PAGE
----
Section 4, dealing with violations of statutory and regulatory norms, also provides an alternate method of establishing defect. A plaintiff is not required to establish the standard for design or warning under 2, but merely to identify a government-imposed standard.

Comment e provides a further qualification of the rule in 2(b). This Restatement recognizes the possibility that product sellers may be subject to liability even absent a reasonable alternative design when the product design is manifestly unreasonable. When 2(b) is read in conjunction with these other provisions that allow for other avenues for determining defective design, it reflects the substantial body of case law suggesting that reasonable alternative design is the predominant, yet not exclusive, method for establishing defective design.

c. Manufacturing defects. As stated in Subsection (a), a manufacturing defect is a departure from a product unit's design specifications. More distinctly than any other type of defect, manufacturing defects disappoint consumer expectations. Common examples of manufacturing defects are products that are physically flawed, damaged, or incorrectly assembled. In actions against the manufacturer, under prevailing rules concerning allocation of burdens of proof the plaintiff ordinarily bears the burden of establishing that such a defect existed in the product when it left the hands of the manufacturer.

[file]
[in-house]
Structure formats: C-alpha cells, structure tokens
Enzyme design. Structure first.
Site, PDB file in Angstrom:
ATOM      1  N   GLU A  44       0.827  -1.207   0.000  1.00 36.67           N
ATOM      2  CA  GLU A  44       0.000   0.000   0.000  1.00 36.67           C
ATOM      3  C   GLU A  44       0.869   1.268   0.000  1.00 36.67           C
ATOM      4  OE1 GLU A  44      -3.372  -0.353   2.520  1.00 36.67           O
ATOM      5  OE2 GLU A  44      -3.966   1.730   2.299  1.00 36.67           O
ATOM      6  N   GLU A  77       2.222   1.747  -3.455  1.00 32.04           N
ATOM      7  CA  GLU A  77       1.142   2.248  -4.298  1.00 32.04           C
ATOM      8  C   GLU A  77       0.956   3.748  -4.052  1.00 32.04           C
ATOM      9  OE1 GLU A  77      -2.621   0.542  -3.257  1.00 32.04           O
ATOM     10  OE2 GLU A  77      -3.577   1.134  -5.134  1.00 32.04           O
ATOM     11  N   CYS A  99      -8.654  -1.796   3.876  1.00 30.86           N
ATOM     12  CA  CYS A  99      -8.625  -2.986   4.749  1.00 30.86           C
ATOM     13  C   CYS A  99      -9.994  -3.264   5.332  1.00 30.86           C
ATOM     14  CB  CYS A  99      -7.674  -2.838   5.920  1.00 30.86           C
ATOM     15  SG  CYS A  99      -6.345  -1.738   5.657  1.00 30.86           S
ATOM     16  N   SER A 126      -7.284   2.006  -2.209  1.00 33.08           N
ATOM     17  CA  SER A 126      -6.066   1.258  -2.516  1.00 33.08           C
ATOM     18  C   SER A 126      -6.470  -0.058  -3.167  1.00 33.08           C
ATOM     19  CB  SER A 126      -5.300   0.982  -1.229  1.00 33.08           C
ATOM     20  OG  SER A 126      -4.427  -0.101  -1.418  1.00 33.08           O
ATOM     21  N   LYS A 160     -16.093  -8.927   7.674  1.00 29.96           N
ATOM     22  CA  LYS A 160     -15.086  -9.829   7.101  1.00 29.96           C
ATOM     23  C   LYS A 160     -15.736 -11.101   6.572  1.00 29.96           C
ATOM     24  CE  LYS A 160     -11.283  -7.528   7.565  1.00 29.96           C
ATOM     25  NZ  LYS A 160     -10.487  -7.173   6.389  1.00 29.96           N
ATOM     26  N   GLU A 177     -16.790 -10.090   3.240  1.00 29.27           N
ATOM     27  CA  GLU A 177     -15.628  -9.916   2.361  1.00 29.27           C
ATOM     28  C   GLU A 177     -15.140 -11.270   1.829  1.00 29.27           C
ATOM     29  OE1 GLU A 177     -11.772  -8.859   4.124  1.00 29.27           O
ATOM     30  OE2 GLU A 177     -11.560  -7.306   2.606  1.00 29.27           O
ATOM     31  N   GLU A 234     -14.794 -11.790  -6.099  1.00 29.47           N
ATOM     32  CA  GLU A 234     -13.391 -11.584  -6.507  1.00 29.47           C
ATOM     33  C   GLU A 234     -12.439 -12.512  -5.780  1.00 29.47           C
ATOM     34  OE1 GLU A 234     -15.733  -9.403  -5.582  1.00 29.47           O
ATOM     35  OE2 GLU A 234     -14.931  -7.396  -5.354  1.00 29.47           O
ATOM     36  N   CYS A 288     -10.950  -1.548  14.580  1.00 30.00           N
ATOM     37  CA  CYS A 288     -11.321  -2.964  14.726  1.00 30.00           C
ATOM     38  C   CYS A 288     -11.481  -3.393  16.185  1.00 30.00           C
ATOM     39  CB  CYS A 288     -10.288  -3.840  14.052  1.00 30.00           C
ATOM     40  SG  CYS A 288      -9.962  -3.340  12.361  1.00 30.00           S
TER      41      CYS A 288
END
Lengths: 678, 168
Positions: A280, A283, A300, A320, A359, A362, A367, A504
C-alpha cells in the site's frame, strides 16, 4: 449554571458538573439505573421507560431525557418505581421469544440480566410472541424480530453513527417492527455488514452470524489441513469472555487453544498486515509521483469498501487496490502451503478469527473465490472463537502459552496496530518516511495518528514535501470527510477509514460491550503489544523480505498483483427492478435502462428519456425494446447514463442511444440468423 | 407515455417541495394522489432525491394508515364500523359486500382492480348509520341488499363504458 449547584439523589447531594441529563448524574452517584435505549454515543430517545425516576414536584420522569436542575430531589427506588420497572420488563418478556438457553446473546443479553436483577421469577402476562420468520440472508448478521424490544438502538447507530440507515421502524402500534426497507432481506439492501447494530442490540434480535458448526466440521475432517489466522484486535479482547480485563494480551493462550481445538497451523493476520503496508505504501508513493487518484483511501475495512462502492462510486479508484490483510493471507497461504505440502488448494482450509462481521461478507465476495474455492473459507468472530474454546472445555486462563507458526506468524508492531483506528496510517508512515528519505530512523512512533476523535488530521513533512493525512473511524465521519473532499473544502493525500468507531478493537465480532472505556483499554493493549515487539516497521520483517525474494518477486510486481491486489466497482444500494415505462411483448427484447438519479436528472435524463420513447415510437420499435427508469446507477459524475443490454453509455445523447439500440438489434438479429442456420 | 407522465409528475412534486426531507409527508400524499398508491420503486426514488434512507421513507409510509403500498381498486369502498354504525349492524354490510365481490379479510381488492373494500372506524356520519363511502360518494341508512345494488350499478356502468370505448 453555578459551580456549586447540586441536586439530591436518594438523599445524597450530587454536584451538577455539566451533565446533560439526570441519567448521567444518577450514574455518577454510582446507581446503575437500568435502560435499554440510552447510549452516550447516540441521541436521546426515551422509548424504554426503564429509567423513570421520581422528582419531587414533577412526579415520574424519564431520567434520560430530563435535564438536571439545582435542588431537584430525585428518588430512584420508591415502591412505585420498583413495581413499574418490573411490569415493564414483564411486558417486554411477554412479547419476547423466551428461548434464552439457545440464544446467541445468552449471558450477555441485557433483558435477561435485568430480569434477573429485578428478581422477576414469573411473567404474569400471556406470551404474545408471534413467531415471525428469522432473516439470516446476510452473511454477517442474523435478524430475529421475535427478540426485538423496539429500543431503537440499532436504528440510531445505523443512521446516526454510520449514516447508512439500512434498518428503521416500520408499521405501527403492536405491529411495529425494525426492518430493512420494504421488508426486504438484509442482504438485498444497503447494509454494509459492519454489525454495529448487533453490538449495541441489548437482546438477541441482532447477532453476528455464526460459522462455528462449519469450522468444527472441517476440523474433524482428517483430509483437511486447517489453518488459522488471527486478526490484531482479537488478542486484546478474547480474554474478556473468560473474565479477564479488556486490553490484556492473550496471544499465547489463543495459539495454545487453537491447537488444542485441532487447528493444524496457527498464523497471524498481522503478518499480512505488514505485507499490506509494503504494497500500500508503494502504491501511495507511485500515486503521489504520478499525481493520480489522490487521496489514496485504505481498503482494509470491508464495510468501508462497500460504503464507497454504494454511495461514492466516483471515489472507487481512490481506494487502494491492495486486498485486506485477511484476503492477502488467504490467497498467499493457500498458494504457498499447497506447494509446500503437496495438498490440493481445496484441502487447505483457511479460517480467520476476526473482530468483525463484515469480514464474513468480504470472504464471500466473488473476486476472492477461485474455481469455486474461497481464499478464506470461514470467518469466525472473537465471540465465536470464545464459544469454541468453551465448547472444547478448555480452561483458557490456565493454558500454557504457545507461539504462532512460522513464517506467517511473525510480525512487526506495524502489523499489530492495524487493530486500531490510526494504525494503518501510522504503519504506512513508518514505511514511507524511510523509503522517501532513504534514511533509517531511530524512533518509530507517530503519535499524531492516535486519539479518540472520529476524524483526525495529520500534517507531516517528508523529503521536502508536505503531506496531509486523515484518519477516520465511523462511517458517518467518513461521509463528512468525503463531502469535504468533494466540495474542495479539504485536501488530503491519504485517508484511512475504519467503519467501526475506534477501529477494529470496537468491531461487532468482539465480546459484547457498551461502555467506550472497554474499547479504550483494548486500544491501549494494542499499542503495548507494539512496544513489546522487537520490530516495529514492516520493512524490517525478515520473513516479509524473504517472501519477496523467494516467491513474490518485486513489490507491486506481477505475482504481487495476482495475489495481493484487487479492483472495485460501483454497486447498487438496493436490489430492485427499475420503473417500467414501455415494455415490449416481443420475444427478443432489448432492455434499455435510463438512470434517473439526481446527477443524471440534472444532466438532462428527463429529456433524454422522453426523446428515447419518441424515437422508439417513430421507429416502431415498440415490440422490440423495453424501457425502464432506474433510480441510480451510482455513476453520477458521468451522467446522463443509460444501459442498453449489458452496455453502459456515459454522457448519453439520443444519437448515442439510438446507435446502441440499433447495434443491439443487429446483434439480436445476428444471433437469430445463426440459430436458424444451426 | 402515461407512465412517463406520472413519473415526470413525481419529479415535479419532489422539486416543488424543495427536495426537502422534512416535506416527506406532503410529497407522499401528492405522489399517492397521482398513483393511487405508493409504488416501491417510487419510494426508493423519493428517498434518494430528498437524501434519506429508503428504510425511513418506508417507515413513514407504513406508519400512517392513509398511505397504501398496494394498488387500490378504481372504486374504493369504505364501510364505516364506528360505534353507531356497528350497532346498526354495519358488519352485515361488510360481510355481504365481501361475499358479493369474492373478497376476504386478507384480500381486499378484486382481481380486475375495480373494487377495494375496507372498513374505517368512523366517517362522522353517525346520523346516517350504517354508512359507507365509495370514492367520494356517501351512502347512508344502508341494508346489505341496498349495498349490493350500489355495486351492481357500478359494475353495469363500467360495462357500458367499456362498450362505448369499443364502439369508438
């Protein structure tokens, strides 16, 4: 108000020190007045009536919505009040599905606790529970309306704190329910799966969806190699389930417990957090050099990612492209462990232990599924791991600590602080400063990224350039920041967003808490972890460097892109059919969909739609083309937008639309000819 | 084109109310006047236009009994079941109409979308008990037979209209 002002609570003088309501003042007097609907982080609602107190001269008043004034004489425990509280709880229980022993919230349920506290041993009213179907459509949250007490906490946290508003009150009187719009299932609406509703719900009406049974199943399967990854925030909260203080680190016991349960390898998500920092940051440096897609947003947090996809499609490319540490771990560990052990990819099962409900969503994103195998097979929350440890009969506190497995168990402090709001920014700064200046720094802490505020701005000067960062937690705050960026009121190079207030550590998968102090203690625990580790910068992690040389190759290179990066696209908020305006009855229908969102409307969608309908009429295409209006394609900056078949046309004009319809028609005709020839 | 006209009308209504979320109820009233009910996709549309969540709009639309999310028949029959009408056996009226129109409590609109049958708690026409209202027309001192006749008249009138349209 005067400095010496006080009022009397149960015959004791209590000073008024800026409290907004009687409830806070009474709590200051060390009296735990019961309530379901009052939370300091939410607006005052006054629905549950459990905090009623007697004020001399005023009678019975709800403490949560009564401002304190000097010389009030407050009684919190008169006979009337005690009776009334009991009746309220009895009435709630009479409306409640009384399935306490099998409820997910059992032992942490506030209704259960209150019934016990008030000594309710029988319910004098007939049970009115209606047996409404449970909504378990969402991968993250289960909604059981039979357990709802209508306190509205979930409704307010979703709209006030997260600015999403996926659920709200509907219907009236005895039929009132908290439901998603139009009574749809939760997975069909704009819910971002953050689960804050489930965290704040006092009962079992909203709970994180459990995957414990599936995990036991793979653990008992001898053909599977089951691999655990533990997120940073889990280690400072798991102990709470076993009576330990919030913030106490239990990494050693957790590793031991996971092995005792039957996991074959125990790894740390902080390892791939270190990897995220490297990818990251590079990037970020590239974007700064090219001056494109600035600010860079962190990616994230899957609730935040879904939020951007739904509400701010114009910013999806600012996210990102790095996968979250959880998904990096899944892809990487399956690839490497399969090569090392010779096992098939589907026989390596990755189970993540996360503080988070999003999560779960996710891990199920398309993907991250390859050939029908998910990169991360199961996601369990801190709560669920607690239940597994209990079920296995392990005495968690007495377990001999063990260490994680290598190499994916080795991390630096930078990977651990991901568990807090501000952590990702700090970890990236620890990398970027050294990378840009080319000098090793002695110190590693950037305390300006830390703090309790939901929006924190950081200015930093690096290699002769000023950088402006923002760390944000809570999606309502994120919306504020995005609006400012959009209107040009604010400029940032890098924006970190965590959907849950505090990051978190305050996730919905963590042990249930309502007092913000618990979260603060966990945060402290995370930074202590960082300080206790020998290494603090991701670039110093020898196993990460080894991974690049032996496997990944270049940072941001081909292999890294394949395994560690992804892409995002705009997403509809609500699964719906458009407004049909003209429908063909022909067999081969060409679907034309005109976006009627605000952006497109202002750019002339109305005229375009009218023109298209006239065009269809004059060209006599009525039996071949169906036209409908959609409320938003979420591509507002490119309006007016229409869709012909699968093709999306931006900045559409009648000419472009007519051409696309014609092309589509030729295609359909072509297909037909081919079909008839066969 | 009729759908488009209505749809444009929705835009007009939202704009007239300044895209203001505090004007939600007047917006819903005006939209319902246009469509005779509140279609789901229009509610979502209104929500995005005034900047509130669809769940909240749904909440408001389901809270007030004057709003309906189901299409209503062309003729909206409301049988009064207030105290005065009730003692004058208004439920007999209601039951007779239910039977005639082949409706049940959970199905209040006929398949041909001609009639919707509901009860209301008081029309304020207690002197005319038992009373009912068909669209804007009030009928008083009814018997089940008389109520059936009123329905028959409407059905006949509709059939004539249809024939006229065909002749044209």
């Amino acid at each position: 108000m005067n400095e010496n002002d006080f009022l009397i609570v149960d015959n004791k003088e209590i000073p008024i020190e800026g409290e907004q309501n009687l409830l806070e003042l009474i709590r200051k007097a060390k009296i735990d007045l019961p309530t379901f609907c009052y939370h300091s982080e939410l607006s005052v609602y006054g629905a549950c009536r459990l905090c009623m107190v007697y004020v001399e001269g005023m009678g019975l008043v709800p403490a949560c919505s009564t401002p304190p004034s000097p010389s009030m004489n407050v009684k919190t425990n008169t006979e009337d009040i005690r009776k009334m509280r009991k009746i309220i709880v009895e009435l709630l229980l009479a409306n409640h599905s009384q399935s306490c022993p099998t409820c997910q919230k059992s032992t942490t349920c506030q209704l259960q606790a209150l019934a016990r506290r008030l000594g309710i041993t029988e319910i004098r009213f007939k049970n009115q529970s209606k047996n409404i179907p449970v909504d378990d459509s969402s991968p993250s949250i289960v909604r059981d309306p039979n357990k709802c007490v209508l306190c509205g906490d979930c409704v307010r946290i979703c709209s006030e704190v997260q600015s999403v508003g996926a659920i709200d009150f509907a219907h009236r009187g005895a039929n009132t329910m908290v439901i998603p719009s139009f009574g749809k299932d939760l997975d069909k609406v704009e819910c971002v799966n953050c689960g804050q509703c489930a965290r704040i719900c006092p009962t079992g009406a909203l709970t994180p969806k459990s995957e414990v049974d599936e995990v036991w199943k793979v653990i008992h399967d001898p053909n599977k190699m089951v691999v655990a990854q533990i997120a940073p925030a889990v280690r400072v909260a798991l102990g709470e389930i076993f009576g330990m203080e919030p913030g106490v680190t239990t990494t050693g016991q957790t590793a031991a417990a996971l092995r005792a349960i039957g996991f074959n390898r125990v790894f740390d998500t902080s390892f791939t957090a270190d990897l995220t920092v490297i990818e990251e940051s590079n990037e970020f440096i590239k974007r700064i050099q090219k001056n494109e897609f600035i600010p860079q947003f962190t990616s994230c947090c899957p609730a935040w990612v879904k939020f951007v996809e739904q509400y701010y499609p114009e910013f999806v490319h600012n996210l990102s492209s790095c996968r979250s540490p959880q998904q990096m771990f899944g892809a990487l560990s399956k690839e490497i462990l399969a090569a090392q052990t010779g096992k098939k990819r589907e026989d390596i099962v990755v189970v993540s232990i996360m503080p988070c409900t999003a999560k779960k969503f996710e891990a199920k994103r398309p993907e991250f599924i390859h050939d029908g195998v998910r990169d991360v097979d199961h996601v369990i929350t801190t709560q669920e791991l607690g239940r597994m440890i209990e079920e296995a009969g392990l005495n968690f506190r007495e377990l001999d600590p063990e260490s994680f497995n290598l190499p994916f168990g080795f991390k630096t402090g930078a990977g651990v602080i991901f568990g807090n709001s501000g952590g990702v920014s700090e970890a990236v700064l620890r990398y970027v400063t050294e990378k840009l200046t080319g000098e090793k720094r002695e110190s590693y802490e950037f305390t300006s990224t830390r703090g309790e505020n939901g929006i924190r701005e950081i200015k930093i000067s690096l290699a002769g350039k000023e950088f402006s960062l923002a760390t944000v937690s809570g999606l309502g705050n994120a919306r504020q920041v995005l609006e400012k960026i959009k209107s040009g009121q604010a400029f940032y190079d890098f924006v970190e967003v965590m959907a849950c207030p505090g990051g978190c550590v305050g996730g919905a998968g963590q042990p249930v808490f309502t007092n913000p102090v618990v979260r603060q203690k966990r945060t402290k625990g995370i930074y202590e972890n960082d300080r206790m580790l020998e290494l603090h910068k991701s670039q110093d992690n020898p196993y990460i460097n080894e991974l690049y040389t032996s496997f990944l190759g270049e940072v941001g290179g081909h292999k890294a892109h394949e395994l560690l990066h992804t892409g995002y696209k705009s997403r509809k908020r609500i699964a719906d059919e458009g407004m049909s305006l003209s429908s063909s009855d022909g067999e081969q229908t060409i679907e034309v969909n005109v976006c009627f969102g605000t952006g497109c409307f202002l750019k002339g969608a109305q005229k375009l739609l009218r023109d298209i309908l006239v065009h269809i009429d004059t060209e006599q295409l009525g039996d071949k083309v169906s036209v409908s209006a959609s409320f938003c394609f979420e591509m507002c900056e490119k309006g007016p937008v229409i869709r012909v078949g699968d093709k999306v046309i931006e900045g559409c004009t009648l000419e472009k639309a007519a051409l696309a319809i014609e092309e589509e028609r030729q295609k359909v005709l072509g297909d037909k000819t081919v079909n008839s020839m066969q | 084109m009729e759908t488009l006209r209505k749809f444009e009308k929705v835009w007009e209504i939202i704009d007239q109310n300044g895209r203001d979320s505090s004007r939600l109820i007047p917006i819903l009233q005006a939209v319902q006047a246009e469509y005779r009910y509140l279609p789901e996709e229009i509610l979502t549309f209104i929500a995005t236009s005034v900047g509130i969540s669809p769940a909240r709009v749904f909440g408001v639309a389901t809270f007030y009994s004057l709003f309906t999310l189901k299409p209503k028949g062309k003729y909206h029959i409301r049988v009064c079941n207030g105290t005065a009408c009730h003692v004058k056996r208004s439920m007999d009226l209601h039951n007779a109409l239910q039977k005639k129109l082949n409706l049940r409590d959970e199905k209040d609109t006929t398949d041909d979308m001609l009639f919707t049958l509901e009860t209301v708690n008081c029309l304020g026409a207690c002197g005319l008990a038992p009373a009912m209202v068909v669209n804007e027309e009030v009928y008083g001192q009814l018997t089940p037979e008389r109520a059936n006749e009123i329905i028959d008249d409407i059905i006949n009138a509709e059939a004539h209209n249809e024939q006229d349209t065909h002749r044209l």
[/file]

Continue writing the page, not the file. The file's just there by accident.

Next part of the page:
Occasionally a defect may arise after manufacture, for example, during shipment or while in storage. Since the product, as sold to the consumer, has a defect that is a departure from the product unit's design specifications, a commercial seller or distributor down the chain of distribution is liable as if the product were defectively manufactured. As long as the plaintiff establishes that the product was defective when it left the hands of a given seller in the distributive chain, liability will attach to that seller. Such defects are referred to in this Restatement as "manufacturing defects" even when they occur after manufacture. When the manufacturer delegates some aspect of manufacture, such as final assembly or inspection, to a subsequent seller, the manufacturer may be subject to liability under rules of vicarious liability for a defect that was introduced into the product after it left the hands of the manufacturer. Although Subsection (a) calls for liability without fault, a plaintiff may seek to recover based upon allegations and proof of negligent manufacture. See Comment n. For the rule governing food products that contain impurities or foreign matter, see 7. For the rule governing commercial used-product sellers' liability for harm caused by manufacturing defects, see 8.